In this poem, the Ol’ Higue / soucouyant tells of her frustration with her lifestyle. She does not like the fact that she sometimes has to parade around, in the form of a fireball, without her skin at night. She explains that she has to do this in order to scare people, as well as to acquire baby blood. She explains that she would rather acquire this blood via cooked food, like every-one else. Her worst complaint is the pain of salt, as well as having to count rice grains. She exhibits some regret for her lifestyle but implies that she cannot resist a baby’s smell, as well as it’s pure blood. The ‘newness’ of the baby tempts the Ol’ Higue, and she cannot resist because she is an old woman who fears death, which can only be avoided by consuming the baby’s blood. She affirms her usefulness in the scheme of things, however, by claiming that she provides mothers with a name for their fears (this being the death of a child), as well as some-one to blame when the evil that they wish for their child, in moments of tired frustration, is realized. She implies that she will never die, so long as women keep having babies.

Cane-fire has a very distinct quality. It burns very quickly and its presence is felt through it’s pungent smell. Therefore, when the Ol’ Higue compares herself to cane fire in her fireball state, it implies that she uses a lot of energy quickly, and is very visible. 

•Stanza 1,line 4: This rhetorical question highlights the scant regard that the Higue has for the average person. She is thoroughly annoyed that she has to literally waste her energy on them.
•Stanza 1, line 5: This highlights the fact that, again, she is annoyed that she has to expend so much energy to obtain a few drops of baby blood.
•Stanza 1, lines 6-8: The Ol’ Higue is emphasizing the fact that regular people ingest blood too, just in a more palatable manner. She would not mind if she could ingest it in the same manner as well.
•Stanza 3, lines 22-23: At this point the Ol’ Higue is making excuses for her presence, claiming that she serves an actual purpose in the scheme of life. If a child dies of unknown causes, she can be scapegoated for it.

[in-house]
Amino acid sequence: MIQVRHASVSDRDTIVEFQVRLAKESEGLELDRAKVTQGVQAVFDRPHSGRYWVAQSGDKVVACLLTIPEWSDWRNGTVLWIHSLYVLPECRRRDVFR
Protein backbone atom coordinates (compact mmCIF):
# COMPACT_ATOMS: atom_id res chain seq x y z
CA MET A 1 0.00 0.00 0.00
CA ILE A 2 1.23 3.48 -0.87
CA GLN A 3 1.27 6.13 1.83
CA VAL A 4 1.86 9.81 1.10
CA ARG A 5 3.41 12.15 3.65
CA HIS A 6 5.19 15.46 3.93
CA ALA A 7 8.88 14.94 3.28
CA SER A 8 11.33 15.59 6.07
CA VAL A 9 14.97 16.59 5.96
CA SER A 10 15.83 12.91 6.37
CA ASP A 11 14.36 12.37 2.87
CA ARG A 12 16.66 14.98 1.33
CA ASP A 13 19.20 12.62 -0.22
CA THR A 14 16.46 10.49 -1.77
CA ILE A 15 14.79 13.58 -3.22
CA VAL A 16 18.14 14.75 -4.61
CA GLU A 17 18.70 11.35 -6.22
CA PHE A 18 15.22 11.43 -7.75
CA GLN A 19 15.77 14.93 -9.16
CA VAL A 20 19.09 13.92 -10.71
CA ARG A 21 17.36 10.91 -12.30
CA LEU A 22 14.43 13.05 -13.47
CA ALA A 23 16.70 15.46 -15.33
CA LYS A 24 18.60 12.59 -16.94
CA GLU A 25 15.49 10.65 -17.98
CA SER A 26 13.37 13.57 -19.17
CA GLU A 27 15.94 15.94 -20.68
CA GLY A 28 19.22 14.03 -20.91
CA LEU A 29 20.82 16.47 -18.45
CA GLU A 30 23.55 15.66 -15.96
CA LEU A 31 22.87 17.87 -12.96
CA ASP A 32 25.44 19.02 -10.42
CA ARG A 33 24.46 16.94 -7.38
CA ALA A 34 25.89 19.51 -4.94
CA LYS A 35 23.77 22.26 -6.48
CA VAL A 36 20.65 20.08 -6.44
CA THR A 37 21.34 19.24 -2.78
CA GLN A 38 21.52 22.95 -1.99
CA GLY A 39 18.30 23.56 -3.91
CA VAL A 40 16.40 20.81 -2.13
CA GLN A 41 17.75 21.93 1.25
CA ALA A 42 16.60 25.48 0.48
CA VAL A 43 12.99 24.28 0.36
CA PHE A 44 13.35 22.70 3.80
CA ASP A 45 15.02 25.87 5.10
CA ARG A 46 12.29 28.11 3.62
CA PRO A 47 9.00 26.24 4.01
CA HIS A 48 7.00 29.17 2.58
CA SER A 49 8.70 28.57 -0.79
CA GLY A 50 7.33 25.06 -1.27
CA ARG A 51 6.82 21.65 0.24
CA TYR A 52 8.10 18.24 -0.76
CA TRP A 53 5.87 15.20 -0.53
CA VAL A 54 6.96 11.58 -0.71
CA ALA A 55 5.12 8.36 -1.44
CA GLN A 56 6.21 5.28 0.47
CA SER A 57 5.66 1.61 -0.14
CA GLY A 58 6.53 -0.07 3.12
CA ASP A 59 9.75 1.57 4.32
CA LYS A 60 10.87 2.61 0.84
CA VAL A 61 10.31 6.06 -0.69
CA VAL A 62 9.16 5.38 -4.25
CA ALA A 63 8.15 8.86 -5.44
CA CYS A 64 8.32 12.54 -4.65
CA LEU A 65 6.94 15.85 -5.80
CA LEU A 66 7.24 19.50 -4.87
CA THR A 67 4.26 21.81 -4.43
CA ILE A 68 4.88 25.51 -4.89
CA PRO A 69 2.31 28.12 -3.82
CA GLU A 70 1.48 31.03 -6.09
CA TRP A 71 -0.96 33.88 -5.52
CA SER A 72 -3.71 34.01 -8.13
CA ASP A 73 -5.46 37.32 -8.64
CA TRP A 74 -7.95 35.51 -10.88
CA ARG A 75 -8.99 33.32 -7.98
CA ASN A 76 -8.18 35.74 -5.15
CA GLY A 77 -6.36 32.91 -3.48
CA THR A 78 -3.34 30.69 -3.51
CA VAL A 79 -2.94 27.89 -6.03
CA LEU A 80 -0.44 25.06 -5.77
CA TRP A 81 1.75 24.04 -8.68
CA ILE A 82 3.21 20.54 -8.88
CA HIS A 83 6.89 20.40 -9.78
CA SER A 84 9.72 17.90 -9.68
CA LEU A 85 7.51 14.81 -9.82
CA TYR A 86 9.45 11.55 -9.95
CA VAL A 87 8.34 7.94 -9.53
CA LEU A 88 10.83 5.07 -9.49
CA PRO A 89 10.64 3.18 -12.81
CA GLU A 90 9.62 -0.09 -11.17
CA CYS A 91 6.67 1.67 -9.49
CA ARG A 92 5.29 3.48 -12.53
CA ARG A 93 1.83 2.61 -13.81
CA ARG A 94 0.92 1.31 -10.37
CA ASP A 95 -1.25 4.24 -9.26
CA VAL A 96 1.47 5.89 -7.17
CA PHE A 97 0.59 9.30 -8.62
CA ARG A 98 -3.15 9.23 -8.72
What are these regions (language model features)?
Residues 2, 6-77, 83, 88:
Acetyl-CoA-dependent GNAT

•Stanza 3, lines 24-25: ‘The murder inside your head’ refers to the moments, when out of pure frustration and tiredness, a mother might wish ill on her child. The Ol’ Higue is implying that, again, she can be used as a scapegoat if something unfortunate happens to the child. The mother is relieved of bearing the burden of guilt.
The repetition of the word ‘soft’ emphasizes the fact that the call of the child’s blood has captured and beguiled the Ol’ Higue’. She implies that she cannot resist that call.
This device emphasizes the Ol’ Higue’s dependence, even addiction, to the sweet blood of the baby.

5. ‘stupidness!’
This is a distinctly Caribbean phrase that highlights frustration or scorn. Therefore, it highlights the Ol’ Higue’s frustration with her lack of self control.

6. ‘gallivanting’
This term refers to some one ‘playing around’, having fun. The Ol’ Higue is being sarcastic at this point. She is expressing displeasure at having to fly around to seek prey.

7. ‘pure blood running in new veins’
Babies are often associated with purity, this is what is emphasized here. The Ol’ Higue simply cannot resist the lure of new and pure blood.

8. ‘holding her final note for years and years, afraid of the dying hum …’
This tells us that the Ol’Higue has been living this desperate existence for a long time. It also implies that she will keep hanging on, despite her frustration. The final line confirms this point: ‘As long as it have women giving birth a poor Ol’ Higue like me can never dead’
The mood of the poem is reflective.
The tone of the poem is slightly bitter and resigned. She accepts that the cycle of her life cannot change.